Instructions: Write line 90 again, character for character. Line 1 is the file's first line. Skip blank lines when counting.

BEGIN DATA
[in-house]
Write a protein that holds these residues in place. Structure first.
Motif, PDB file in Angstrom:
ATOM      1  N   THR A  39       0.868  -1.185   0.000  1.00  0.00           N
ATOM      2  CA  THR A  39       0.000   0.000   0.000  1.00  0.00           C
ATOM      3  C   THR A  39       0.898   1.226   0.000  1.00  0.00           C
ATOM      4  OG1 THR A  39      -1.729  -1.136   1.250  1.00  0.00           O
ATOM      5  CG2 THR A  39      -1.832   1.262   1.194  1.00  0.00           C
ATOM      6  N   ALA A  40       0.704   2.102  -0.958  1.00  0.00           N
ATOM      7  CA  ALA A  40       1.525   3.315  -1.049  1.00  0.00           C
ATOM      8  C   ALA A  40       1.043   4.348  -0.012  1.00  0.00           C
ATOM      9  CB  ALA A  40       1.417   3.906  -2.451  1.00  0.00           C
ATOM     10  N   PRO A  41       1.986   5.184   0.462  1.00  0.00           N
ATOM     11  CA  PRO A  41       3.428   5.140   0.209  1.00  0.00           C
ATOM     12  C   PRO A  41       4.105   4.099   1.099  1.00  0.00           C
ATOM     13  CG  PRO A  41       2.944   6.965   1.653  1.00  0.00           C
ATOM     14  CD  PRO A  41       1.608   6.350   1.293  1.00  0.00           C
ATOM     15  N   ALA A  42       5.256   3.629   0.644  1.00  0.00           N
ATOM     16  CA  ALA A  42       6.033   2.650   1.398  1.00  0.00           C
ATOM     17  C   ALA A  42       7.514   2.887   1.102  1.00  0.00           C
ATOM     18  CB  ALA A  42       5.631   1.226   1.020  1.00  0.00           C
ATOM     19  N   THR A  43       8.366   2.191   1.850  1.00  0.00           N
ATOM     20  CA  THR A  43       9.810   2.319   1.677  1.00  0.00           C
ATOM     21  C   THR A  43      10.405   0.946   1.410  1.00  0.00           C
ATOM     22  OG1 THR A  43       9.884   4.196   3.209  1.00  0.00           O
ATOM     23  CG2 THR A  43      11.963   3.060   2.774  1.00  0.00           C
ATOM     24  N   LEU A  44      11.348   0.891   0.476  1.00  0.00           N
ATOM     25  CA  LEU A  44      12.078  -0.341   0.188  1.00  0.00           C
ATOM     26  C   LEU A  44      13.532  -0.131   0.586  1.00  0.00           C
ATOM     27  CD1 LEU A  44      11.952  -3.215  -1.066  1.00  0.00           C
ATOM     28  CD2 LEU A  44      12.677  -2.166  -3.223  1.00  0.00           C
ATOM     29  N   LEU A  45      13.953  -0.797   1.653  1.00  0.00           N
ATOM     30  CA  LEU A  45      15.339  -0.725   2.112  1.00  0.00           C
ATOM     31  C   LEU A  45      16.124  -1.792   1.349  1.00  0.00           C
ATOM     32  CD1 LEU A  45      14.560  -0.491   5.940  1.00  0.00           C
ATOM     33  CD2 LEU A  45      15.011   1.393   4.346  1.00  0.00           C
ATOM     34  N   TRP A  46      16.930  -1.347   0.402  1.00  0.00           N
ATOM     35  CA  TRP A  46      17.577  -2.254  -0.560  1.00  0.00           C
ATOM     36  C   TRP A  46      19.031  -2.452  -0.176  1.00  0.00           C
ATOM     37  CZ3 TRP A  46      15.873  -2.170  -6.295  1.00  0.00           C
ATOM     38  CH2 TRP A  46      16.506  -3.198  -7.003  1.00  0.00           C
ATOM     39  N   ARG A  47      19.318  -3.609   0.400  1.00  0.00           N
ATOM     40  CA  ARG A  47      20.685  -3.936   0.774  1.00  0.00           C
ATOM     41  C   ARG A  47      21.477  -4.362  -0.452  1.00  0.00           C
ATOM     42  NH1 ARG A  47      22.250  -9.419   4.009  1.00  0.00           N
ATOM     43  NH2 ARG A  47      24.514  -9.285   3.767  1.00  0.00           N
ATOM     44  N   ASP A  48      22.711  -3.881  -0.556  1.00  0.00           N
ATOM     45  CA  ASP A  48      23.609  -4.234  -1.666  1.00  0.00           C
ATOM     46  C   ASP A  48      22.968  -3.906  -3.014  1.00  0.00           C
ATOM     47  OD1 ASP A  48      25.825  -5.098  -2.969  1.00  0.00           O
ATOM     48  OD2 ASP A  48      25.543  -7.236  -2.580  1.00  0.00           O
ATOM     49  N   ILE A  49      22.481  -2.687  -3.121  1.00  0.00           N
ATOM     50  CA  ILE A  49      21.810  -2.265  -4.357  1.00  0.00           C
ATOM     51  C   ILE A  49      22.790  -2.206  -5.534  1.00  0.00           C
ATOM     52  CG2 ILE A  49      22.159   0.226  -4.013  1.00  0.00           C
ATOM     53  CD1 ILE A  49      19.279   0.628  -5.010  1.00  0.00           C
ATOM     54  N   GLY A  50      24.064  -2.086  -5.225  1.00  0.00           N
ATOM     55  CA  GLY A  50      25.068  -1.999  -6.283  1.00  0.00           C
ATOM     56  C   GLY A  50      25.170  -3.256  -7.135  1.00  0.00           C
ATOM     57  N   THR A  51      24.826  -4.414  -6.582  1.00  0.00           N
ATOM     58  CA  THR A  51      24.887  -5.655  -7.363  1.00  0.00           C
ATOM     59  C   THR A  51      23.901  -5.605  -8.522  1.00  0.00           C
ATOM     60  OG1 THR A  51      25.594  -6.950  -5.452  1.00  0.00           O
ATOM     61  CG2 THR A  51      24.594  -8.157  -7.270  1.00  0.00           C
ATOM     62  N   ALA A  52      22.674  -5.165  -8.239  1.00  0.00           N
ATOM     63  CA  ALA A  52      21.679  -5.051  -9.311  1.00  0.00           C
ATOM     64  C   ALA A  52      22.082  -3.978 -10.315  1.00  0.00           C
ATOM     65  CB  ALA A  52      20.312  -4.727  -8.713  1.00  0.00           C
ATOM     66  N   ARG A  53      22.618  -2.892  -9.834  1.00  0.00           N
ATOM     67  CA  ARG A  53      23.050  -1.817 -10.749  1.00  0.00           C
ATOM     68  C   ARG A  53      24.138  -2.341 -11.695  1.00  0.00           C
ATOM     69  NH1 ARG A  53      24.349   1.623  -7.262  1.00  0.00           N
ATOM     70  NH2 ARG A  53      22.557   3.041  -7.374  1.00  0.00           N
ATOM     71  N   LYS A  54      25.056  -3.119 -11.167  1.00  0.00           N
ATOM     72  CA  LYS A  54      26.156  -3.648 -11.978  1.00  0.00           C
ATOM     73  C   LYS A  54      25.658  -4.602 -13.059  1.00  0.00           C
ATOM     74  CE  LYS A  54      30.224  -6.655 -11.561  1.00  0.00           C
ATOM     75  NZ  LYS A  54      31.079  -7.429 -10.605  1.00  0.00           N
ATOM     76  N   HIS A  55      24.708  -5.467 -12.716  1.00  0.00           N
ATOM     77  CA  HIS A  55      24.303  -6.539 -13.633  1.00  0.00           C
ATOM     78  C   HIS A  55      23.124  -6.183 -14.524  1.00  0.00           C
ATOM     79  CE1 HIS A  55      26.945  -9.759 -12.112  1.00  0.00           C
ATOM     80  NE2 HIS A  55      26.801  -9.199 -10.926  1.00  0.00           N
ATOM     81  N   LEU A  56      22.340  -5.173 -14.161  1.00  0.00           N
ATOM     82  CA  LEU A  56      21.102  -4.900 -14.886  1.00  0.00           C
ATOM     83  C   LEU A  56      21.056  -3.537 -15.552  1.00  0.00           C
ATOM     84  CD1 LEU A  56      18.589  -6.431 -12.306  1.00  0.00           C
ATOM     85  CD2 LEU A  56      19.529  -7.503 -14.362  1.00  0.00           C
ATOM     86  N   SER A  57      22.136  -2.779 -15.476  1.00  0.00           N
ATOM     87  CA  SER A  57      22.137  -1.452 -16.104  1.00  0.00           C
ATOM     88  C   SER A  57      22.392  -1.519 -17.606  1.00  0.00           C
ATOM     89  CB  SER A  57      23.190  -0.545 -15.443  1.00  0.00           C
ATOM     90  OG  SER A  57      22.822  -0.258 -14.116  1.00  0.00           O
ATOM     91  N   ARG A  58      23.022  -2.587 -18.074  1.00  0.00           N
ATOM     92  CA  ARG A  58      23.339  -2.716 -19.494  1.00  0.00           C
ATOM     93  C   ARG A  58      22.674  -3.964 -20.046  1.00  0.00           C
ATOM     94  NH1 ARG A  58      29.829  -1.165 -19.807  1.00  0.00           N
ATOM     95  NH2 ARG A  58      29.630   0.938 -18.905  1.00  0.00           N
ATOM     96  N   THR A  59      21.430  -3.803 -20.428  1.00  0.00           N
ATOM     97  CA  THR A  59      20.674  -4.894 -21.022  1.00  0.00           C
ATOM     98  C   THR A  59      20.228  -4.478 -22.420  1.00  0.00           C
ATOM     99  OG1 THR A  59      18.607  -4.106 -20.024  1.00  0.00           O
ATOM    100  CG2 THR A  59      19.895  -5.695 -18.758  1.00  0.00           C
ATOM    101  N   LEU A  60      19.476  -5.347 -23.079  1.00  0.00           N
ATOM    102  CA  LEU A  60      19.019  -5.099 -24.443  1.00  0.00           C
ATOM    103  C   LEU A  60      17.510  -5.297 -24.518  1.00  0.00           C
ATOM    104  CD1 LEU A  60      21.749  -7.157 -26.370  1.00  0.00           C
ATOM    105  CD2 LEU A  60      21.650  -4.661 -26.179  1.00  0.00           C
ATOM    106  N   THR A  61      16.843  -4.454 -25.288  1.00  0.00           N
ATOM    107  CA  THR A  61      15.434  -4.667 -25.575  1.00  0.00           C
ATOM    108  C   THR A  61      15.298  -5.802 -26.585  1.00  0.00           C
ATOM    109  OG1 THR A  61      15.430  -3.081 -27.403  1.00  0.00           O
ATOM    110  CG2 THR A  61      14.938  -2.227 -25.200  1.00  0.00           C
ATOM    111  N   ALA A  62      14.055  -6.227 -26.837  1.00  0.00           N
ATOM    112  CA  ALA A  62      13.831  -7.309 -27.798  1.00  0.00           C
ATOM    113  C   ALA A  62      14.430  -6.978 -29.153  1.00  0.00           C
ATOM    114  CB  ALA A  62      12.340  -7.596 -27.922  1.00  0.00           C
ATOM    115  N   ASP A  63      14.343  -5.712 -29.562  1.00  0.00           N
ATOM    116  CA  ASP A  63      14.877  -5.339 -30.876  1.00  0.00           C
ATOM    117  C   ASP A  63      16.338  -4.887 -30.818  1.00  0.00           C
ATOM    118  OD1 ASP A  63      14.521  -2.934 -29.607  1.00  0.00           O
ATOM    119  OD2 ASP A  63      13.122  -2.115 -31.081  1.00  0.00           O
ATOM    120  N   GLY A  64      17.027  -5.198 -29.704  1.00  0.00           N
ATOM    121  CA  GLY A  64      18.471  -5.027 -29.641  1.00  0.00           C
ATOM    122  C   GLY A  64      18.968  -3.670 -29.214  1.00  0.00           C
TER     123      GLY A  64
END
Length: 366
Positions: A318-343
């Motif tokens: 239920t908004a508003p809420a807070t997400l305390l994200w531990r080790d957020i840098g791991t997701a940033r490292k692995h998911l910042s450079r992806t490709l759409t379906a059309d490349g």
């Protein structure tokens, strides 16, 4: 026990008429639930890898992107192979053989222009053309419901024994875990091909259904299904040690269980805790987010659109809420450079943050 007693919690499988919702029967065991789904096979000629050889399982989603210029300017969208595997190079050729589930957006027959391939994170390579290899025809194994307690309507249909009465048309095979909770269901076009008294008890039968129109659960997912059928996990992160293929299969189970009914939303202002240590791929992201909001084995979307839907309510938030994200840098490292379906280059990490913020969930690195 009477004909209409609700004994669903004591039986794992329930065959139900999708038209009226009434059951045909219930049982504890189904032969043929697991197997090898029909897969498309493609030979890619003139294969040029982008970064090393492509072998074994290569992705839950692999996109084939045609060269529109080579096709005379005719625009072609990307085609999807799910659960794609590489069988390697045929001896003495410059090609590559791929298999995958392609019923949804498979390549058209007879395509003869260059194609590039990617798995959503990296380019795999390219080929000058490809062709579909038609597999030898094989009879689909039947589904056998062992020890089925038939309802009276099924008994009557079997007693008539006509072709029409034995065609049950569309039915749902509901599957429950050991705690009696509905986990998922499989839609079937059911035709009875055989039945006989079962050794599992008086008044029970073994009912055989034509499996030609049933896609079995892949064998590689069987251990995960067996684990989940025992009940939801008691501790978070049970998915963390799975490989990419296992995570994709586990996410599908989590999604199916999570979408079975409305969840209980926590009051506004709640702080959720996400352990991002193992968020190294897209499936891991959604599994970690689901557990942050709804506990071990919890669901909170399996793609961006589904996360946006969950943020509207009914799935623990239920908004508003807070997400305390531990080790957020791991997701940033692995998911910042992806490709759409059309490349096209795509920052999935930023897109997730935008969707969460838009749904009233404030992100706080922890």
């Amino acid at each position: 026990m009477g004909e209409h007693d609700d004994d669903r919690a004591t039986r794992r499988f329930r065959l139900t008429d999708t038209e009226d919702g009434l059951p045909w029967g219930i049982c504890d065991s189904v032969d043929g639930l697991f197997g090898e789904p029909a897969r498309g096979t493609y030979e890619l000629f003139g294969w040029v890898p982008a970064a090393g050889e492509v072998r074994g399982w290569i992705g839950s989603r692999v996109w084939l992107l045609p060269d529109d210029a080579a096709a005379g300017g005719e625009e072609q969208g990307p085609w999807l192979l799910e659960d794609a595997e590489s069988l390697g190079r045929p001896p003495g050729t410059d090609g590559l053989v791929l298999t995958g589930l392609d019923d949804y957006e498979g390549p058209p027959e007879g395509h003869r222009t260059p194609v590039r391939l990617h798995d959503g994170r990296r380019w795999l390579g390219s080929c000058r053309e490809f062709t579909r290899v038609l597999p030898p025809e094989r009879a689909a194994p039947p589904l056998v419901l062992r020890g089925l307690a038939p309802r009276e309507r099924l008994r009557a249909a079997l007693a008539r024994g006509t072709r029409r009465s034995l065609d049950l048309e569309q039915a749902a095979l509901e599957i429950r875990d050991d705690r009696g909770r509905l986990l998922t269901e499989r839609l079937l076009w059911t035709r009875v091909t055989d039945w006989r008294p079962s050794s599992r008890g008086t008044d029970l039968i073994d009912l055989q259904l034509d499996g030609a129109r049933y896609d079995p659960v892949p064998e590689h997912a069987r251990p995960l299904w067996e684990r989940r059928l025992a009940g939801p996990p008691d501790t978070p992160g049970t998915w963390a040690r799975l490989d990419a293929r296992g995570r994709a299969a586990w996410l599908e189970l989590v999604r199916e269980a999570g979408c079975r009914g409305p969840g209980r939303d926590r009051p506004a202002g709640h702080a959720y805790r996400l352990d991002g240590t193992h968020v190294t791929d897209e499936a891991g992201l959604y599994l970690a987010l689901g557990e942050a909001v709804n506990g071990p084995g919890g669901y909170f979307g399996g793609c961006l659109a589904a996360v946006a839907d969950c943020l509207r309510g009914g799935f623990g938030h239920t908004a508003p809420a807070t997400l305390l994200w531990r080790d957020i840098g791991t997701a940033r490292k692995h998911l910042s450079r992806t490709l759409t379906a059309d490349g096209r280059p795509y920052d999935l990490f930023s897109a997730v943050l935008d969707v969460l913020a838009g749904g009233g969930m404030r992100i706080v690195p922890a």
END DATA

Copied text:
ATOM     87  CA  SER A  57      22.137  -1.452 -16.104  1.00  0.00           C